This week’s potential FOI ideas include the rising cost of energy for public bodies, the impact of the rising cost of fuel on crime, and NHS pressures.
While the last two weeks of #FOIFriday have been delayed by fun things, this week’s has been delayed by the local elections (the fun levels involved in that will depend on your personal ideas of fun). However, if you want to see who won in any ward up for election in England and Wales, we did spend the time putting together a very comprehensive results widget.
Safeguarding at after-school clubs
Dozens of allegations of safeguarding failures in after-school clubs – including assaults, neglect and sexual abuse – have been uncovered by BBC News. More than 80 referrals have been made to local authorities about clubs in school grounds in the past five years, according to freedom of information requests.
Safeguarding referrals included an allegation of sexual abuse potentially involving multiple children at an after-school club in Devon and separate allegations of neglect, physical harm and unexplained bruising elsewhere. One child was found to have been dragged across a room by a staff member in Southampton.
The number of clinical incidents linked to the failure to repair old buildings and faulty equipment has tripled in the past five years, an investigation by The Times found.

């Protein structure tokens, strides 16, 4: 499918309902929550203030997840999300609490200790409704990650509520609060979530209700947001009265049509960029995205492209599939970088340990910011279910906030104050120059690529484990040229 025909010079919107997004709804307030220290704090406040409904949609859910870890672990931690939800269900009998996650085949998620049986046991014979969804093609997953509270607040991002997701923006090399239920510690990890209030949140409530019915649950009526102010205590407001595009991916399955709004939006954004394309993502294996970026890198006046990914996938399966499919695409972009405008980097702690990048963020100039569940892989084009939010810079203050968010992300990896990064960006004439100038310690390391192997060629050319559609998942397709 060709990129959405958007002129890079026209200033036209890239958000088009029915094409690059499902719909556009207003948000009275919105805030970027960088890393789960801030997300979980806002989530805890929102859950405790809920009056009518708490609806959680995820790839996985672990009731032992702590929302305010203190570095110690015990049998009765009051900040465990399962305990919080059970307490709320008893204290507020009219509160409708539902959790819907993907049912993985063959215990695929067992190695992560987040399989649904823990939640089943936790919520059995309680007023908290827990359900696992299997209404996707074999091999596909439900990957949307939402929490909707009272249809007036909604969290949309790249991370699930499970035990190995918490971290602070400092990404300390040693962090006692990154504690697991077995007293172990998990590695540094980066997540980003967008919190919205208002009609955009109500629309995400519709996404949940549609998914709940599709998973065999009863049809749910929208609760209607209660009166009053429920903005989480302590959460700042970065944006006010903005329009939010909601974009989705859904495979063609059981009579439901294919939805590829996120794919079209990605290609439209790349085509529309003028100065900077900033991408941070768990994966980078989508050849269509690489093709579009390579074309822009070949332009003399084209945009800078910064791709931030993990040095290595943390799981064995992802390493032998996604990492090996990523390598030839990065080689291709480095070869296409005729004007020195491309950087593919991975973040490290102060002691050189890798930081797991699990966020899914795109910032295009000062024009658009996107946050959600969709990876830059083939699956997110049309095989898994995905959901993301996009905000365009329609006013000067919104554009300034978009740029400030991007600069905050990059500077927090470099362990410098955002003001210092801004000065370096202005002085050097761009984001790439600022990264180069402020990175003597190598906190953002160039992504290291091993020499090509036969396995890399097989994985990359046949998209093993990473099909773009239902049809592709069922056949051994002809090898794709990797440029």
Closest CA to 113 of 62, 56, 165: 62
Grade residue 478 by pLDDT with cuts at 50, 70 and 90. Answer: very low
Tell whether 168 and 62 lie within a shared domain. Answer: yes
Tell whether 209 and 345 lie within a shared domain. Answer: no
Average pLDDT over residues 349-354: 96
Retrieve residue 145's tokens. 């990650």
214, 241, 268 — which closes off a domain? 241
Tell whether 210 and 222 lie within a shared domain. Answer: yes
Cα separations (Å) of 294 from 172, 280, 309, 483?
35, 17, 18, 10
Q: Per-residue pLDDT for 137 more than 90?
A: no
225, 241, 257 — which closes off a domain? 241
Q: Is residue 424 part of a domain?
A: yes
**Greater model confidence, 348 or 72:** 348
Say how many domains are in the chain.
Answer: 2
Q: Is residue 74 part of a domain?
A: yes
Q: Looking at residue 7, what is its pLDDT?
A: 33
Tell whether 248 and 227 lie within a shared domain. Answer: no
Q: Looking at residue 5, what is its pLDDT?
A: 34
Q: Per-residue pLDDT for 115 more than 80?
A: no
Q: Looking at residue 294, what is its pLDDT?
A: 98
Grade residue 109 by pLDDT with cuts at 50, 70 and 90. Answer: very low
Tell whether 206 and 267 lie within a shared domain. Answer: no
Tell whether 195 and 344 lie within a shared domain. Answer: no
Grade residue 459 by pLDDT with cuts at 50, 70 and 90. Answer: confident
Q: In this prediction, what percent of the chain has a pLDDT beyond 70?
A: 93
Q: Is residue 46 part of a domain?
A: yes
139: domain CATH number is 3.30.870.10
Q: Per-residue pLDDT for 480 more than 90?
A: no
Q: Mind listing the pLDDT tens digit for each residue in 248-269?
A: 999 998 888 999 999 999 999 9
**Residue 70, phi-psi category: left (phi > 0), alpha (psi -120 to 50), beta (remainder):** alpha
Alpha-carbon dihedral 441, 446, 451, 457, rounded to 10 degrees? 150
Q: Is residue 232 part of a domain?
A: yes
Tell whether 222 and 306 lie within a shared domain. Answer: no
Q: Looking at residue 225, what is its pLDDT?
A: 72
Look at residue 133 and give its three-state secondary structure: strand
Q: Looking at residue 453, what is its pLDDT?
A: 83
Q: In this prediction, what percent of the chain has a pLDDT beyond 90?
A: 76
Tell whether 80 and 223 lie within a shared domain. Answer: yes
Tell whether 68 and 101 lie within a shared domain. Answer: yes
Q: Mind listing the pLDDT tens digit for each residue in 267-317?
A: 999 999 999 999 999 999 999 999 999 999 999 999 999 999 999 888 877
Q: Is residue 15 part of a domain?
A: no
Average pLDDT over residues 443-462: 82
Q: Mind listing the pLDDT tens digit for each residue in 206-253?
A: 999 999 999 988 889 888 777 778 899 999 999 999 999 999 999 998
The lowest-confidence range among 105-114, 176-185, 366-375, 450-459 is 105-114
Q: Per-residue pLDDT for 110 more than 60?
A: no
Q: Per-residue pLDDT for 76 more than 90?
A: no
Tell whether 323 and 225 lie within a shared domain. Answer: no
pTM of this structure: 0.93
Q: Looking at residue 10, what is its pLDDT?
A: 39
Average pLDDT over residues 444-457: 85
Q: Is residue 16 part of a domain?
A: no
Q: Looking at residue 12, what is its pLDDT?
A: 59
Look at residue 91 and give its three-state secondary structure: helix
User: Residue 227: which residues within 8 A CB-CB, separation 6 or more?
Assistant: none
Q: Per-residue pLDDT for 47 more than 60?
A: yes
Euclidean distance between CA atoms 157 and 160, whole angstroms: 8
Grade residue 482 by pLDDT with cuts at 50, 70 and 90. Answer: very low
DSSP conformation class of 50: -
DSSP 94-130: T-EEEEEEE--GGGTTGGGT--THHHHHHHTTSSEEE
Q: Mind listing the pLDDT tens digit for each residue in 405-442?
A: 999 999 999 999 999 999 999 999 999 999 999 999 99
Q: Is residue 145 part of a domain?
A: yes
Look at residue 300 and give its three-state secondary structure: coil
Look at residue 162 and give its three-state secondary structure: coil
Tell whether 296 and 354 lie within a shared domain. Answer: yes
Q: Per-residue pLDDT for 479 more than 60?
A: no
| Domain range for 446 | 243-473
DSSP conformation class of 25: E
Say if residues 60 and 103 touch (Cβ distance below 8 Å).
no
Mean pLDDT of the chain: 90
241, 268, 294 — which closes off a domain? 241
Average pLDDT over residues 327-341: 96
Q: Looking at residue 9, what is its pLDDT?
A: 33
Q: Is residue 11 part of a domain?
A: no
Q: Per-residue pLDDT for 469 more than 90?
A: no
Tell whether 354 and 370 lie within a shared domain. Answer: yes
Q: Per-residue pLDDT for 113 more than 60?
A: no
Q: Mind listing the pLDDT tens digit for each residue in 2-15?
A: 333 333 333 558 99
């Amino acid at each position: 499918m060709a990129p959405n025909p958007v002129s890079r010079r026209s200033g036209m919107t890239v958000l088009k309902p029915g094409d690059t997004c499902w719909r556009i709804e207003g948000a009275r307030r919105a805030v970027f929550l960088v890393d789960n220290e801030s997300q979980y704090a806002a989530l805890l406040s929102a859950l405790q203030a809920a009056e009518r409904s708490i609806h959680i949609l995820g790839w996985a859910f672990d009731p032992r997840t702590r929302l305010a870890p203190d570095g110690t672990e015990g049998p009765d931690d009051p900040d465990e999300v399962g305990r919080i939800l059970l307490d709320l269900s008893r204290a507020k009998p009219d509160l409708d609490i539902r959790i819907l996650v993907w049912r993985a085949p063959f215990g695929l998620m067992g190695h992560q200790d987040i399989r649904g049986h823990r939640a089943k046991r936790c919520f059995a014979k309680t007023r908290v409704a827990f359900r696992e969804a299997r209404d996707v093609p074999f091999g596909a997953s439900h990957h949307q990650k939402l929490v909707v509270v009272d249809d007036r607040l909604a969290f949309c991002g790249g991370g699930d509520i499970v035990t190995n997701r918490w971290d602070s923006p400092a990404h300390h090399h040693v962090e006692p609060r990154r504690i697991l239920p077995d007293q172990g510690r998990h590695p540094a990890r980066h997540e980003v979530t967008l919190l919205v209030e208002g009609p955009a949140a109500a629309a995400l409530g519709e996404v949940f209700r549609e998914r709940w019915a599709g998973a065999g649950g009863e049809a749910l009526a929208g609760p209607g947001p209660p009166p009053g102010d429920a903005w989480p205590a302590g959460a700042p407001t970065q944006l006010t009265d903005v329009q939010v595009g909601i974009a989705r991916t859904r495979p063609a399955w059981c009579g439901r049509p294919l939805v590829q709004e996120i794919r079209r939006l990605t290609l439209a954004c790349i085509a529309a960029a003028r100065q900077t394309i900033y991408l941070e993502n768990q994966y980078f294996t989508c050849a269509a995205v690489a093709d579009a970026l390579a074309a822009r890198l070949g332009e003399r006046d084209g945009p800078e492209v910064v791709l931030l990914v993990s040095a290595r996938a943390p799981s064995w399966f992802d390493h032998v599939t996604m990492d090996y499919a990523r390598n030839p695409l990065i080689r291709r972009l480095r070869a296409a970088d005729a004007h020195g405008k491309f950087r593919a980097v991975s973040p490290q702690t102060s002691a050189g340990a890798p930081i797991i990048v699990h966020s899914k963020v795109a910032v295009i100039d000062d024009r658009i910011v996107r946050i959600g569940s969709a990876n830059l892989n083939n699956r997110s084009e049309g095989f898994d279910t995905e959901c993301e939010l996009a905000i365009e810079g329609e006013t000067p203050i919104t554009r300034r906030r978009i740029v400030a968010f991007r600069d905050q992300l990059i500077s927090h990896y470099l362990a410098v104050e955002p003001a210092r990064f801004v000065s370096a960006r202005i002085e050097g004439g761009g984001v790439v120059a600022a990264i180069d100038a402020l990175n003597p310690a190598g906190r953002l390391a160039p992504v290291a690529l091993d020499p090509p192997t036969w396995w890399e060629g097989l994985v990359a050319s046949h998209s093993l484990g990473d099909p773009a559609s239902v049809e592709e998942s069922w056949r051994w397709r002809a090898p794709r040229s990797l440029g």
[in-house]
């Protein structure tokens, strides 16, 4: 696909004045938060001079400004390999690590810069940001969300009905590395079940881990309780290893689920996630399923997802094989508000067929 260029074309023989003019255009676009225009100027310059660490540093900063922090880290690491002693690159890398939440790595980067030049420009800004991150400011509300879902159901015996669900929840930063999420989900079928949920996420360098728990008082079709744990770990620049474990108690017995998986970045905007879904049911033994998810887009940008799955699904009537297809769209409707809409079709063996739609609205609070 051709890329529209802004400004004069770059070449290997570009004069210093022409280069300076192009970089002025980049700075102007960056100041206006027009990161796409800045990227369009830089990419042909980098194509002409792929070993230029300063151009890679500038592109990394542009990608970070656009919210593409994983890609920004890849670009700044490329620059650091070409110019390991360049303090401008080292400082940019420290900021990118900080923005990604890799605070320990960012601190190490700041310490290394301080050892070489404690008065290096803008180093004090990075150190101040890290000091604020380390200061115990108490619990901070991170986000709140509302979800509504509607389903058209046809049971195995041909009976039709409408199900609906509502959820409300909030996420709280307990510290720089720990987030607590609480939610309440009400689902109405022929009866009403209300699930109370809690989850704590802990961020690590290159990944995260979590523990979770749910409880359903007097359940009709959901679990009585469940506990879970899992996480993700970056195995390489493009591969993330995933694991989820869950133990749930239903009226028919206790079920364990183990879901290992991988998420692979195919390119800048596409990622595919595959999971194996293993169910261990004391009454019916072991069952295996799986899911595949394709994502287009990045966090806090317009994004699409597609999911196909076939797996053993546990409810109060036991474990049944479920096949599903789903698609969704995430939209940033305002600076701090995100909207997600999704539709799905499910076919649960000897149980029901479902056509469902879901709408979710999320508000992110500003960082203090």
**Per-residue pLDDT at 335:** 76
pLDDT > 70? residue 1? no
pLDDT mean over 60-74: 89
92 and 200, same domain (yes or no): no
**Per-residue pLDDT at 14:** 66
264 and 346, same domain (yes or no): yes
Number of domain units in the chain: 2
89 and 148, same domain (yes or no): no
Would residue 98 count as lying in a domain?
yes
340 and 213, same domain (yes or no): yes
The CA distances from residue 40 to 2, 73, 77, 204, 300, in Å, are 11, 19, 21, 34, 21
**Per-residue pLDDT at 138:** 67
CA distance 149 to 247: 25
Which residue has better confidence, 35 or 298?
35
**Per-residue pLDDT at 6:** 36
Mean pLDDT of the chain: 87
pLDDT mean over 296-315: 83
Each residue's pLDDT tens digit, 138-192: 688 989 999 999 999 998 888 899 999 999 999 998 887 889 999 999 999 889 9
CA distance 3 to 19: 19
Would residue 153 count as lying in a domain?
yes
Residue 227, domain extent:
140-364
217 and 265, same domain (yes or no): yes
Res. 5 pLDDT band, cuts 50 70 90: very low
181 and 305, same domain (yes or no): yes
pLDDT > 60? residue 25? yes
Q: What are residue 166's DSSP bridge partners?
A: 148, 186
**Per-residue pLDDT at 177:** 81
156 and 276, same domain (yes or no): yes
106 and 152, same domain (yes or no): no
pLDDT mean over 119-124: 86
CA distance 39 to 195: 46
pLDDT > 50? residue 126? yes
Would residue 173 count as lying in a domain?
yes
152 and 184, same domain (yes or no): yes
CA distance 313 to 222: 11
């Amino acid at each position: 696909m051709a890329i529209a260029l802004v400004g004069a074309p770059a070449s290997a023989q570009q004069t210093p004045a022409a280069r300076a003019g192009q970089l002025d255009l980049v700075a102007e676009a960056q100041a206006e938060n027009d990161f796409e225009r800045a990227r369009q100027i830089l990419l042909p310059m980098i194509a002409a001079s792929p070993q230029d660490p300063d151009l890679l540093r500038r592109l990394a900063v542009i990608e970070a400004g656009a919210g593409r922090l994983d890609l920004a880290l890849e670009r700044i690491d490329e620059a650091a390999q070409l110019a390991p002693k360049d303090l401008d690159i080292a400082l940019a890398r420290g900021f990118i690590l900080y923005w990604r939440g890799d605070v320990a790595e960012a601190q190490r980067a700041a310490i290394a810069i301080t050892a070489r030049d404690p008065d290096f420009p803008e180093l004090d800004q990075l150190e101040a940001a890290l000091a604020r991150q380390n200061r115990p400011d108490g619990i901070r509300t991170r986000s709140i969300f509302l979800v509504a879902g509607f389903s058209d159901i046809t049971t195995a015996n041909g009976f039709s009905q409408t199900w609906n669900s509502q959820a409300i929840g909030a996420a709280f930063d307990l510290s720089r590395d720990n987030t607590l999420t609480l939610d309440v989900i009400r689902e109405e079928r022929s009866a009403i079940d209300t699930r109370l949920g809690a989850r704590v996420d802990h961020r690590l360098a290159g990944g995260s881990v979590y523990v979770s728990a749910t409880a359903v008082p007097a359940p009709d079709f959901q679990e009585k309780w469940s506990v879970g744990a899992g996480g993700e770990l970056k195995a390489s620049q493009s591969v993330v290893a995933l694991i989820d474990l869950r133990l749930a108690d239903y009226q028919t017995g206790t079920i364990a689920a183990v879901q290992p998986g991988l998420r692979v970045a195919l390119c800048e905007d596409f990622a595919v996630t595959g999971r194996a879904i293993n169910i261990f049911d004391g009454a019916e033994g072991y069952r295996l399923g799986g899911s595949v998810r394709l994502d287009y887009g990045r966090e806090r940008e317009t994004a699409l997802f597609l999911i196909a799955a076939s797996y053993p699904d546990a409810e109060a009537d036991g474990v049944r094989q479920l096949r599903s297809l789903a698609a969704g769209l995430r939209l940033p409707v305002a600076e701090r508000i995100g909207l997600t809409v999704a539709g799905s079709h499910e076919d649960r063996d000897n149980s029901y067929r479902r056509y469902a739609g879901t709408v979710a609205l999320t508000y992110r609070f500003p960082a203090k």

Recent incidents include an unconscious patient on a ventilator being trapped in a broken lift for 35 minutes and power running out as a patient lay in an operating theatre. Freedom of information requests sent to NHS trusts in England also revealed dozens of cases of ceilings collapsing at hospitals over the past three years.
The cost of clearing the NHS maintenance backlog reached £9 billion in 2019/20, with £1.5 billion needed just for the “high risk” issues (defined as repairs and replacements that must be addressed as an urgent priority in order to prevent catastrophic failure, major disruption to clinical services, or deficiencies in safety liable to cause serious injury or prosecution).
Ambulances under pressure
Like all other parts of the NHS, ambulance services are under huge pressure as the deal with increased demand, and the knock-on impacts of delays in other parts of the health service and in social care.
Stroke victims in the South West typically wait more than an hour for an ambulance, Gloucestershire Live has reported. South Western Ambulance Service figures revealed the average waiting time for emergency patients is more than quadruple the target time of 18 minutes.
Some of the information for average response time per category is already available without an FOI, but breakdowns by type of patient aren’t. For cardiac arrest and stroke patients, those in category 1 were typically reached within 10 minutes (the target is seven minutes). However, those in category 2 commonly waited for one hour, 15 minutes and three seconds (the target is 18 minutes).
These pressures may not be helped by closures to ambulance stations across the country.
In the West Midlands, 18 stations were closed in 2017, 15 in 2018, 12 across 2019/20, and 12 last year in 2021, according to the Shropshire Star.
However, the ambulance service rejected the link between community ambulance stations and response times, saying that crews only use the stations to start or finish their shift, and are not waiting at the buildings to answer calls. It instead highlighted the significant amounts of time spent waiting outside hospitals to hand patients over, saying the situation is the most significant factor in delays to response times. It insists re-opening the stations would take more ambulances off the road due to costs.